But that was not the end of it. The “incident” went up the chain of command. Later we were once again compelled to attend, but this time in smaller, more intimate sessions in which “interaction” with paid “counselors” took place. My attendance, however, was short lived: during my first encounter I demanded to know how they defined terms. How did they define “racism,” what was “bigotry,” how did we determine what was an innocent comment made off hand, and how did we distinguish that from “racist” behavior? How could we know if a comment we made referring to our state’s Confederate history, for instance, might be considered “racist” by someone overhearing us?

Those counselors looked at me with mounting disgust and frustration—obviously, I should have known that those “devil” terms were whatever the current enforcers of political correctness intended for them to mean. The whole process was, essentially, intended to turn the white staffers, especially white males on staff, into obliging, weak-brained wimps—the latest step in an ongoing process of confirming the template of the culturally Marxist Left on race.

At the end of the first session, I was politely told that I did not have to return for any additional sessions, that I had finished my training…but I can’t help thinking that from then on some higher ups kept a wary eye on me.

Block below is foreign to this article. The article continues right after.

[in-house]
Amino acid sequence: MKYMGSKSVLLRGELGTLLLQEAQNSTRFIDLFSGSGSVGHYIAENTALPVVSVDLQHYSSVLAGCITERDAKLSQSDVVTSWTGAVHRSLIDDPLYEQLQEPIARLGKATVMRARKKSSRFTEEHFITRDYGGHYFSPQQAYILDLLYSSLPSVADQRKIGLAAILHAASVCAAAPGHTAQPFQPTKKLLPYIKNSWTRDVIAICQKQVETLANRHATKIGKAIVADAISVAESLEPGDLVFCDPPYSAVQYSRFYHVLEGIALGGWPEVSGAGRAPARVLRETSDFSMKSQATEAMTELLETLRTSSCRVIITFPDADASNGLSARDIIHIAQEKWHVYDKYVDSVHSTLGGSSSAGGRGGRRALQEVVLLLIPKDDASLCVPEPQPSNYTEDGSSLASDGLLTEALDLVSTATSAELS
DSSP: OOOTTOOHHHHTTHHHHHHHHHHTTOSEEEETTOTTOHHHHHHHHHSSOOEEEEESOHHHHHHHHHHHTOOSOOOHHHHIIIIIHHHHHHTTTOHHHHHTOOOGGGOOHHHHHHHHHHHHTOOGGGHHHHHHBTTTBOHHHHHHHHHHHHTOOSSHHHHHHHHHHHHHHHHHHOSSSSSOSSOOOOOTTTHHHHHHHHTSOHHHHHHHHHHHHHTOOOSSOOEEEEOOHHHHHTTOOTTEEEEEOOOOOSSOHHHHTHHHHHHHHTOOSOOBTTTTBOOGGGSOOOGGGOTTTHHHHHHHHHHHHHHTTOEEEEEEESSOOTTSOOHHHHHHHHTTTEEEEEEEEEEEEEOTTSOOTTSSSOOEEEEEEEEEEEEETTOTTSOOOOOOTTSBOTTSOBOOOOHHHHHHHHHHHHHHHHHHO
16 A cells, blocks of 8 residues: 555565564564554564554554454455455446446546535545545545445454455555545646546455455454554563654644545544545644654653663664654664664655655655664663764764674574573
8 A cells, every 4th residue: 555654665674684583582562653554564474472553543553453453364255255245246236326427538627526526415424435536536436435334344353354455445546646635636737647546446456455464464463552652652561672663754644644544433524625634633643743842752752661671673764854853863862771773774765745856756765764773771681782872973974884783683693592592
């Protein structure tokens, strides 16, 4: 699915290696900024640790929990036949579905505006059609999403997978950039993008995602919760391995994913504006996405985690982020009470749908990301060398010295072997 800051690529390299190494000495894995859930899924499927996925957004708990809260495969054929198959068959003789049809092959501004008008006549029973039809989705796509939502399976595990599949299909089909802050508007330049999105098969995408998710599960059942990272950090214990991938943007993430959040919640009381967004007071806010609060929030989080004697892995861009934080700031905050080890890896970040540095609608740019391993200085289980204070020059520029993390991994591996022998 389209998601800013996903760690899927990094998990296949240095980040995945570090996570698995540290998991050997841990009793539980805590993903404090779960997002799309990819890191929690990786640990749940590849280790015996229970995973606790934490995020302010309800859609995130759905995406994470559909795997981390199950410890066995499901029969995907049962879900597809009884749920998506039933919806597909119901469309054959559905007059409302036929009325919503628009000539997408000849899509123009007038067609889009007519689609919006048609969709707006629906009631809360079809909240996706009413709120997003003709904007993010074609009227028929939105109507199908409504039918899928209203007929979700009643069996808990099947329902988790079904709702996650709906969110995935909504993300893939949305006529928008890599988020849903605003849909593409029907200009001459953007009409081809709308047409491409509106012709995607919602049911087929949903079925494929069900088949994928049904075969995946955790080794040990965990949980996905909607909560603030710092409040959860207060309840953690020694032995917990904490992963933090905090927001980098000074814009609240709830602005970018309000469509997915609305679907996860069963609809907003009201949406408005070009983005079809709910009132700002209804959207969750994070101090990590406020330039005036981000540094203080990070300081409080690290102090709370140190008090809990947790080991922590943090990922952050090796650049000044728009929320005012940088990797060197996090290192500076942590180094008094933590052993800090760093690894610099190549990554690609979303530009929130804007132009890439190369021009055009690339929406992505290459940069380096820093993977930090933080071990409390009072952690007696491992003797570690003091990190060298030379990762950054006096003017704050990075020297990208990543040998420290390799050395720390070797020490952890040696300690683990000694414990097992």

Ironic it seems: on one hand we are rigorously told that race is just skin deep, that we aren’t supposed to notice the color of a person’s skin or sex, but rather only his or her character. But at the very same time we are firmly importuned to understand that because of past white oppression and white supremacy, we must compensate for past injustices, engage in reparations of some sort, bend to affirmative action—all based singularly on race!

You may remember that classic comedy, “No Time for Sergeants,” starring Andy Griffith, and you may also recall the scene where Andy’s sergeant informs him that when he sees a female officer that he is looking not at a lady, but only an officer—and then the subsequent hilarity occasioned by Andy’s refusal to acknowledge the femininity of an officer he encounters.

Just like in Andy’s case, this sort of indoctrination was—and is—enough to make any sensible person go totally mad, to engender fear of offending, and to provoke in many recipients a certain kind of paralysis when it comes to social interaction. But, and I witnessed this in my own environment, I think it was intended that way: if not completely to pervert and transform a person’s normal and natural thinking processes, to at the very least render him docile and mentally castrated, unwilling—or more so, unable—to challenge the multiculturalist political correctness that infects our society and our culture, and incapable of resisting the seemingly inevitable latest advance of Big Brother and cultural Marxism.

There are intrepid souls out there who increasingly risk not only this kind of censorship, but even worse penalties. Is not jail time a real possibility in the future for those—for us—who do not conform to the increasingly severe and ideologically weaponized rules and laws that emit from our managerial elites, both seen and unseen?